Crime Library: Criminal Minds and Methods

Buddhist Temple Massacre

False Confessions

There are different types of false confessions, typically listed as voluntary, coerced-compliant, and coerced-internalized. 

Among voluntary confessions, people sometimes just confess spontaneously: in 1932, when Charles Lindbergh's baby was kidnapped and killed, more than 200 people said they did it.  A decade later, more than 30 people confessed to the murder of Elizabeth Short, "the Black Dahlia."  Such confessions are usually done in high-profile cases.

More common are confessions that are coerced in which the suspects eventually comply to please their interrogators.

Ironically, Arizona was the source of the landmark decision in Miranda v. Arizona which established the rights of suspects to remain silent.  In part, the Miranda rights were established to prohibit the use of torture in getting confessions.  Any statements that are made are subject to an evaluation as to whether they voluntary.  If the subject decides to talk, the police are free to use deception and manipulation to elicit the information they seek.  Yet it's not always clear when that becomes coercion.

The third type of confession, coerced-internalized, is the least common.

People confronted with a crime may internalize guilt and even come to believe -- and even "remember"-- that they committed it.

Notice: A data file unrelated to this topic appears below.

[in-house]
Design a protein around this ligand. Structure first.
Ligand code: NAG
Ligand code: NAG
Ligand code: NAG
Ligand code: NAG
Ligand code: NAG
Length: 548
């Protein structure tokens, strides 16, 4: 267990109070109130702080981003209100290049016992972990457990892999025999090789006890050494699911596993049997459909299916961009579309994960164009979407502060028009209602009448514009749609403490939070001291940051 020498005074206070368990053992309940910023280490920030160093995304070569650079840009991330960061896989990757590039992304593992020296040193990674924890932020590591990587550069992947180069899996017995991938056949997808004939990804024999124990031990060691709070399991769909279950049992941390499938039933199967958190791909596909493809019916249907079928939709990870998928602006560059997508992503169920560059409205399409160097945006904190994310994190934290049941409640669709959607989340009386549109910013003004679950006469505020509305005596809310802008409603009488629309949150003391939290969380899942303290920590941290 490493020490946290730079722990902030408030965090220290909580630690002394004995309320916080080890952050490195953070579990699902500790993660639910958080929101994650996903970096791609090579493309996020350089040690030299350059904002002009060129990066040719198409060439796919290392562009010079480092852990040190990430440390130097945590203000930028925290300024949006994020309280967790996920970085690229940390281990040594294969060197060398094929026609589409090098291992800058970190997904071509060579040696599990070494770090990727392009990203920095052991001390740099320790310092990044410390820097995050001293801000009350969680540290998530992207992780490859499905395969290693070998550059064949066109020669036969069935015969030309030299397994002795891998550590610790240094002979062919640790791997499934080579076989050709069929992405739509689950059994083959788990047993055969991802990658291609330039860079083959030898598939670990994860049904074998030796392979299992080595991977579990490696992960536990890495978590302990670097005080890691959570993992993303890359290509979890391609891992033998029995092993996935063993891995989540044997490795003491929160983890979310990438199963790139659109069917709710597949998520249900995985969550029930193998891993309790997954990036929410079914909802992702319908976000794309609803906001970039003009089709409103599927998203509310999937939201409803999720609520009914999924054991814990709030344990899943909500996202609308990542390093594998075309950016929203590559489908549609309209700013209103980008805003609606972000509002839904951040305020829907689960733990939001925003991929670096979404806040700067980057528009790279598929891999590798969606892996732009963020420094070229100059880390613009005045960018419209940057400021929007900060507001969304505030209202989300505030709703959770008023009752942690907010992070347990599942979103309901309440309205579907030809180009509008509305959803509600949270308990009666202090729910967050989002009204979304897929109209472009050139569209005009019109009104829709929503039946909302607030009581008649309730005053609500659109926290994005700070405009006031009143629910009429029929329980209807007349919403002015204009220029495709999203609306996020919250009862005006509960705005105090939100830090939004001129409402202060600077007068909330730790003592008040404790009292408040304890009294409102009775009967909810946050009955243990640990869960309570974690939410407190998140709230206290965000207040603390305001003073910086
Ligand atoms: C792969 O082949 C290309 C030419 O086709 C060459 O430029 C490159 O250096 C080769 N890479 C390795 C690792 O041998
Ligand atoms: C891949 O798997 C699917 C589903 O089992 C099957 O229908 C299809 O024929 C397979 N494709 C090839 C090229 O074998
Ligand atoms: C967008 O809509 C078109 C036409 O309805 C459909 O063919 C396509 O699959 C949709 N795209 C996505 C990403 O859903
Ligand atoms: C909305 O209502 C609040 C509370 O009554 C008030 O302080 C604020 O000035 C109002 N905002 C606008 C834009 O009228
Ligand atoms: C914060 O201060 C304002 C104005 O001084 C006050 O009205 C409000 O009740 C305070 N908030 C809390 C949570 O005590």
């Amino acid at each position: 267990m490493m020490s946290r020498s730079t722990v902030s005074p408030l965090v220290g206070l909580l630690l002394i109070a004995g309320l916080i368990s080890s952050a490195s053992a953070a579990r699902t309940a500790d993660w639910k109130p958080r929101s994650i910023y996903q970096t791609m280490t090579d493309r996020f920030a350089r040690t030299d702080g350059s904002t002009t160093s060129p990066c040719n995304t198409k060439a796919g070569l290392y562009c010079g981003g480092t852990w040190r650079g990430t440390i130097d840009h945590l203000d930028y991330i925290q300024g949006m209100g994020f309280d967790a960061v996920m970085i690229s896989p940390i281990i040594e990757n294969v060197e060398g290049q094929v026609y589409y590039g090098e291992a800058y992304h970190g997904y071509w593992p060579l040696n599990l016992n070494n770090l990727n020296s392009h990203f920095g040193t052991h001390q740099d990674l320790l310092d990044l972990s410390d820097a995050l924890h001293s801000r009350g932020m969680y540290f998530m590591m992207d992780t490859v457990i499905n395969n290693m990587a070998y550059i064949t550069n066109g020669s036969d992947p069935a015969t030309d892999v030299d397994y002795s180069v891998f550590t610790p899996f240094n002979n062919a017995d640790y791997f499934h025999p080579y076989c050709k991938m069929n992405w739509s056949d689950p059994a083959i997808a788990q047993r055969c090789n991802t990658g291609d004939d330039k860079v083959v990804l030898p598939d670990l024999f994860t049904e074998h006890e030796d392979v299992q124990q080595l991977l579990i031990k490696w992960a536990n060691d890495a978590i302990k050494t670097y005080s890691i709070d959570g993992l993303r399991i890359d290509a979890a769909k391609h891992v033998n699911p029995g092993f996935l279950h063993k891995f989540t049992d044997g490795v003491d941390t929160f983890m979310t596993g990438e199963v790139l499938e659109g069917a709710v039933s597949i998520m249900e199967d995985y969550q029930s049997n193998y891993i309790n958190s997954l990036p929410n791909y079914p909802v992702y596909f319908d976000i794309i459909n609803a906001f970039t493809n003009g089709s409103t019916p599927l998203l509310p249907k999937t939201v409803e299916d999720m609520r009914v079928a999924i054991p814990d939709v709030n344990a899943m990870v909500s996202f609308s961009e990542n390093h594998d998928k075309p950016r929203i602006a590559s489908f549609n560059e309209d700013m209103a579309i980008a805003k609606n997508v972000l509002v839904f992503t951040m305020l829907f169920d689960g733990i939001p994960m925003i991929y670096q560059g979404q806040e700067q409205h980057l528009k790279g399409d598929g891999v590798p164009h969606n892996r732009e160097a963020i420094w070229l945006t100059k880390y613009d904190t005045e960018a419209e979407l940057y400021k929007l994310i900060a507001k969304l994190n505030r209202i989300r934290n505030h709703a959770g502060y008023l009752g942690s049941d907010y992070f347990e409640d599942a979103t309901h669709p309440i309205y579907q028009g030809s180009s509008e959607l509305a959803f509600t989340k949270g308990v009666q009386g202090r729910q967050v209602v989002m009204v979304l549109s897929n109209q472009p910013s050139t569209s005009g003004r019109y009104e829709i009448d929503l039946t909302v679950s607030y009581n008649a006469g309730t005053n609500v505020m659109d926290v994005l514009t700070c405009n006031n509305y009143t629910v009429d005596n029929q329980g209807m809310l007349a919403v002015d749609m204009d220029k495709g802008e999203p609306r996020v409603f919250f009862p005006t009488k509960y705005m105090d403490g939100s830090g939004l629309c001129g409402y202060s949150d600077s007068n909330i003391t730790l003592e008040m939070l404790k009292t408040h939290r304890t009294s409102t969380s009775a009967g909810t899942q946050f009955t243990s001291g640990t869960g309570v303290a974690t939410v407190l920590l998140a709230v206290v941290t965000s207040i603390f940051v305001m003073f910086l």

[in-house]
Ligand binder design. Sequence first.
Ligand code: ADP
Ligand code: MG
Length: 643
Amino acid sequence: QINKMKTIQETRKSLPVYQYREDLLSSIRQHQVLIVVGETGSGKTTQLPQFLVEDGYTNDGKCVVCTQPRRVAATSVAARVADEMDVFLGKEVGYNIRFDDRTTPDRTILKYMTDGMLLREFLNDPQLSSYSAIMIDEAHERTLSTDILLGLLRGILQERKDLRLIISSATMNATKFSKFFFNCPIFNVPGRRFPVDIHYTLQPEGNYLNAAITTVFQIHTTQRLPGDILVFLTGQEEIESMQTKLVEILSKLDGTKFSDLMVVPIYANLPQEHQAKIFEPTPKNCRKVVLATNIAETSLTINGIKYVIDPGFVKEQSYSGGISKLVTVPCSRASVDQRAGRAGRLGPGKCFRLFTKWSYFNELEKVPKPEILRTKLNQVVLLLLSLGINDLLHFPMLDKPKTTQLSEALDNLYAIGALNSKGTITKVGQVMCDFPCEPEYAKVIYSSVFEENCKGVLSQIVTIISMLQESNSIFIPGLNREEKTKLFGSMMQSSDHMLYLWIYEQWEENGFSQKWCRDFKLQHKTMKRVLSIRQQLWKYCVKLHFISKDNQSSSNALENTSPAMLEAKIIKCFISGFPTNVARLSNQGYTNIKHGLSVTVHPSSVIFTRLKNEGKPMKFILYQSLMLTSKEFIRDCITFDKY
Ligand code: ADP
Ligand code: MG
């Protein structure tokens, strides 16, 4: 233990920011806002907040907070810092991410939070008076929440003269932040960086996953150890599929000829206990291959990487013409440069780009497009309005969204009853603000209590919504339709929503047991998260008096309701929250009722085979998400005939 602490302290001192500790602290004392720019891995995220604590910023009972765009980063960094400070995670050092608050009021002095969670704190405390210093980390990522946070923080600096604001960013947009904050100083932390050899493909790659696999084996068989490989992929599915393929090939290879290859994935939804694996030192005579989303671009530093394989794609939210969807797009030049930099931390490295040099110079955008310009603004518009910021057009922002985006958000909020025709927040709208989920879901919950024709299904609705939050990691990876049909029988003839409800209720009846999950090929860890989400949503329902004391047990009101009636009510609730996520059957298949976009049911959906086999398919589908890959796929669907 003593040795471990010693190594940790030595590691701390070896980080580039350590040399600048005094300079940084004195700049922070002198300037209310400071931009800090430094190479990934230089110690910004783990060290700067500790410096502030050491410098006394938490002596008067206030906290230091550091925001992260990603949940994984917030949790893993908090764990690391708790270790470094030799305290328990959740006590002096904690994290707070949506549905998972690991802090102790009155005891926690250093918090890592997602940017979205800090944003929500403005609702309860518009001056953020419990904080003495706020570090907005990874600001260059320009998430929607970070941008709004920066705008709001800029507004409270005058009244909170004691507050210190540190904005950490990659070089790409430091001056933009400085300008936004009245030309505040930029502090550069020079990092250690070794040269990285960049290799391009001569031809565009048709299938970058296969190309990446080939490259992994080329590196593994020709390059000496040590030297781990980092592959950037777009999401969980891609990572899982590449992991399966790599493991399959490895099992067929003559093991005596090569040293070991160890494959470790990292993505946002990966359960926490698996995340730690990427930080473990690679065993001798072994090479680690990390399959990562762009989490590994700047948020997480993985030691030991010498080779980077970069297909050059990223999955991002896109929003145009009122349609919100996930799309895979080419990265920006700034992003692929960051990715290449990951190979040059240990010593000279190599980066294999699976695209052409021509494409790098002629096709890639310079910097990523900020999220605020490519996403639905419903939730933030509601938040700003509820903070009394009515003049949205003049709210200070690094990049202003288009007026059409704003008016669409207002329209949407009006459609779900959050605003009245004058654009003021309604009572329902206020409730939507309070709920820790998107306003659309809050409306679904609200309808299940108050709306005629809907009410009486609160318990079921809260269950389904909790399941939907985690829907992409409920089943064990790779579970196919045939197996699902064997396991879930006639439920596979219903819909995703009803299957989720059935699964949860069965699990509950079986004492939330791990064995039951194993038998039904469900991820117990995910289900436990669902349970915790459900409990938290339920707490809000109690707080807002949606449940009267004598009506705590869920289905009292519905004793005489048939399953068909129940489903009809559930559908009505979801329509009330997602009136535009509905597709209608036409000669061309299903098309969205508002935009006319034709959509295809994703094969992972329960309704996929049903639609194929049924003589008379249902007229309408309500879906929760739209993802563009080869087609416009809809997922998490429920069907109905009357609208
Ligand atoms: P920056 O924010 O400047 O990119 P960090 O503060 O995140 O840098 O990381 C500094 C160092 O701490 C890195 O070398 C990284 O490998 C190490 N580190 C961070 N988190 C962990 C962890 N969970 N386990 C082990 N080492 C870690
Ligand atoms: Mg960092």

An astounding example of this type of confession is the case of a sheriff's officer, Paul Ingram, in Olympia, Washington. Toward the close of 1988, one of his two daughters was pressured by youth workers at a church retreat to admit to having repressed memories of sexual abuse, so she accused her father of molesting her.  He vehemently denied it, but then his other daughter made a similar accusation, saying she had been raped at his poker parties.  He was arrested and interrogated by men he trusted who suggested he had repressed memories.  Even his minister insisted that he confess, and since he believed in the Devil's influence and could not imagine his daughters lying, his self-confidence wavered.  Ingram could only say he had no memory of such episodes. By the end of twenty-three interrogations across five months, Ingram began to believe he might be guilty.  With the help of a psychologist who taught him trance work, he started to experience fleeting images.  A memory expert, Richard Ofshe, later proved that Ingram had created these false memories, but he went to prison, anyway.

False confessions of this kind commonly occur under certain conditions:

1.) Sleep deprivation

2.) Feigned friendship

3.) Isolating the suspect

4.) Using leading questions or threats

5.) Exposure to graphic crime scene photos

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